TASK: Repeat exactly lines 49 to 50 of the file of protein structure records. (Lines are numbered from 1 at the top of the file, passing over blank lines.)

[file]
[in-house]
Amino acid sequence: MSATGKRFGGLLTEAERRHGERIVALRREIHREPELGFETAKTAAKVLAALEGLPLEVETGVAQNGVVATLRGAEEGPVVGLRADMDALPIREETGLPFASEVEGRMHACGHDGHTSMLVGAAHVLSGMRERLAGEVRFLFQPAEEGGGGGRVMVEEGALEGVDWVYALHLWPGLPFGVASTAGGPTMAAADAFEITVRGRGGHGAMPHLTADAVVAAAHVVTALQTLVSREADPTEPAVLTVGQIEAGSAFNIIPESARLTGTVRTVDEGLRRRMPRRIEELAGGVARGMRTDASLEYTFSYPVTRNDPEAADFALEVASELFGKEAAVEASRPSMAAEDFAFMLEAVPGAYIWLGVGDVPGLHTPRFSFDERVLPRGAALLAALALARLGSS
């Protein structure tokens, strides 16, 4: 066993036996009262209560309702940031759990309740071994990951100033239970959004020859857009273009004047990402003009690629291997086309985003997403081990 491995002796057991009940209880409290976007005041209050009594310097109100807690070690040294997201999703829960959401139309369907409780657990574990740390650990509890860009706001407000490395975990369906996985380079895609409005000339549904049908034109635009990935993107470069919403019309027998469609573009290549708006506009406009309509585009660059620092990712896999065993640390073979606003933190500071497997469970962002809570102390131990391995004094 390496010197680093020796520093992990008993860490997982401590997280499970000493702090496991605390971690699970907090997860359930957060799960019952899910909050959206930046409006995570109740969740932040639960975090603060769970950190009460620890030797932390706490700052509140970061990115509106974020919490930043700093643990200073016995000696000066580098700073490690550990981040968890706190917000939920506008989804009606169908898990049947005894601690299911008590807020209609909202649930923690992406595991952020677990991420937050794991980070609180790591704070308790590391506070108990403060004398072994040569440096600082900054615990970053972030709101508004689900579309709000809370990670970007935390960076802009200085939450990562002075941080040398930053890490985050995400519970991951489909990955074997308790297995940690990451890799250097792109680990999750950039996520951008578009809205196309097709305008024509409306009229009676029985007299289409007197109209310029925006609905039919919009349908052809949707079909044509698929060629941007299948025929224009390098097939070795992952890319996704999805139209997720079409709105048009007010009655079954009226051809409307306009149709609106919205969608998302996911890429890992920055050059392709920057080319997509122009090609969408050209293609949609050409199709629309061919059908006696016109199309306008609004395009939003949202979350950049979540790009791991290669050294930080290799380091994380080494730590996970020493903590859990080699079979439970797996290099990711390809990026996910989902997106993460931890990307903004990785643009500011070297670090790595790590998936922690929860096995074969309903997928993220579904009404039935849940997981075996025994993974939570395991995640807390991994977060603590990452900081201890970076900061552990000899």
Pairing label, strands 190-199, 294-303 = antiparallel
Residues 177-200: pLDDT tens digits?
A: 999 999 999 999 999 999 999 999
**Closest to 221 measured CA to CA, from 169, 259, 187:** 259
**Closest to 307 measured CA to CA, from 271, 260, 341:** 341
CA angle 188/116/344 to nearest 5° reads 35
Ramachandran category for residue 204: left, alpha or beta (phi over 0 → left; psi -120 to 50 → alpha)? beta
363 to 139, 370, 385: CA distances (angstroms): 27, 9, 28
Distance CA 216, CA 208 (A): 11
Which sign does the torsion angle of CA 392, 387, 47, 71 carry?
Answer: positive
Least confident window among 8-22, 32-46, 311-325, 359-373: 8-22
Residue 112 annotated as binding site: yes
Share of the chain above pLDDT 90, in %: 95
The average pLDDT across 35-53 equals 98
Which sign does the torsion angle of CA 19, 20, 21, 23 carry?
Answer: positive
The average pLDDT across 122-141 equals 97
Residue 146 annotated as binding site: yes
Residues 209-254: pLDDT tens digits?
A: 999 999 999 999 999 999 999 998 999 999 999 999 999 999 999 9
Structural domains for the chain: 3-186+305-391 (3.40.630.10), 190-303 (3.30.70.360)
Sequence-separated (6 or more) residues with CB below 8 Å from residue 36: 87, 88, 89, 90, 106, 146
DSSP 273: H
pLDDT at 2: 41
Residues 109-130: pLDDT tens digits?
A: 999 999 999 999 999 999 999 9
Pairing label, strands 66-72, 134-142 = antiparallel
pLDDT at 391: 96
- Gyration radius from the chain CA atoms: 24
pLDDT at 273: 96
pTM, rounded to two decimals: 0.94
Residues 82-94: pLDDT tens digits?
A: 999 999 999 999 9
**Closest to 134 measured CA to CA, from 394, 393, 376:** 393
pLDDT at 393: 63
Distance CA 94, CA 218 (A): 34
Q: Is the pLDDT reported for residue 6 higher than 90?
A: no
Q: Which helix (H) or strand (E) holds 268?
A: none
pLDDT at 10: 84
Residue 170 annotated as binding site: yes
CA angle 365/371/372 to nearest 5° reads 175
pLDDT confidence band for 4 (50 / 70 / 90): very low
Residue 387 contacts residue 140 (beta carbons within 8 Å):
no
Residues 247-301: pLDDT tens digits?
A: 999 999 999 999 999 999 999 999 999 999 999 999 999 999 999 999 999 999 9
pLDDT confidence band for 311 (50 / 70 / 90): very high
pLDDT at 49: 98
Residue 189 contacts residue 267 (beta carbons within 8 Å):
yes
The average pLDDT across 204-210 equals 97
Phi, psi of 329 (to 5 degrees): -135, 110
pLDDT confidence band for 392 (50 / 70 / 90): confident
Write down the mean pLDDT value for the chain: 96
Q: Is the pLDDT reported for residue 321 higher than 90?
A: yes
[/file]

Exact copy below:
Residue 387 contacts residue 140 (beta carbons within 8 Å):
no